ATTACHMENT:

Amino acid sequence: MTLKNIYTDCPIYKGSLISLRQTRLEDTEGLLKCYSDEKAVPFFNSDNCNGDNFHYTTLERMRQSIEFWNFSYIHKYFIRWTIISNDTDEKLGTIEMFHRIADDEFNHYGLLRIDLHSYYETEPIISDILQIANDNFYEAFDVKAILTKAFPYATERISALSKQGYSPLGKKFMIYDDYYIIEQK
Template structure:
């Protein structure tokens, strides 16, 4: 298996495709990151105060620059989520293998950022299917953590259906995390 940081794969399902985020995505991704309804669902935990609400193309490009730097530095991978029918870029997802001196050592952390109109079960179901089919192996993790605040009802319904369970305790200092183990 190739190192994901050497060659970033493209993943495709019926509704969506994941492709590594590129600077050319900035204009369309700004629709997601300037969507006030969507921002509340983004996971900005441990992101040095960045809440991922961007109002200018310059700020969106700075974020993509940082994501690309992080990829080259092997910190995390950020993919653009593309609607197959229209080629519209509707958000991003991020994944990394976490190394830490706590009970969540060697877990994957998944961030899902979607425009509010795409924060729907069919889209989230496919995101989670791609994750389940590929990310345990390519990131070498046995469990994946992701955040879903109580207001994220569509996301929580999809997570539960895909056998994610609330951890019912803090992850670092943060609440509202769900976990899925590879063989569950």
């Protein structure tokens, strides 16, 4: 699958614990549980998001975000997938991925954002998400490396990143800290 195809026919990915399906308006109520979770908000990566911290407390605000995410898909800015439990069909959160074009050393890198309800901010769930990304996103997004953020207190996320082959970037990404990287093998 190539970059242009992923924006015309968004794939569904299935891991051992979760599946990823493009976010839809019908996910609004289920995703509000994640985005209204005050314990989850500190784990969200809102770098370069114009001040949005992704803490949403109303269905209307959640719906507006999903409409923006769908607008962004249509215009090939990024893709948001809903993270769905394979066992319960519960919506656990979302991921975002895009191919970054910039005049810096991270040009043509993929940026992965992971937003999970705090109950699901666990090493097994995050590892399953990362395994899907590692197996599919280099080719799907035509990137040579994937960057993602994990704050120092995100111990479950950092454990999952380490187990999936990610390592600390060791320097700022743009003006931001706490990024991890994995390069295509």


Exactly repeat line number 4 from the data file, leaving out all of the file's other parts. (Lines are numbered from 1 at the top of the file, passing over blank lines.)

């Protein structure tokens, strides 16, 4: 699958614990549980998001975000997938991925954002998400490396990143800290 195809026919990915399906308006109520979770908000990566911290407390605000995410898909800015439990069909959160074009050393890198309800901010769930990304996103997004953020207190996320082959970037990404990287093998 190539970059242009992923924006015309968004794939569904299935891991051992979760599946990823493009976010839809019908996910609004289920995703509000994640985005209204005050314990989850500190784990969200809102770098370069114009001040949005992704803490949403109303269905209307959640719906507006999903409409923006769908607008962004249509215009090939990024893709948001809903993270769905394979066992319960519960919506656990979302991921975002895009191919970054910039005049810096991270040009043509993929940026992965992971937003999970705090109950699901666990090493097994995050590892399953990362395994899907590692197996599919280099080719799907035509990137040579994937960057993602994990704050120092995100111990479950950092454990999952380490187990999936990610390592600390060791320097700022743009003006931001706490990024991890994995390069295509």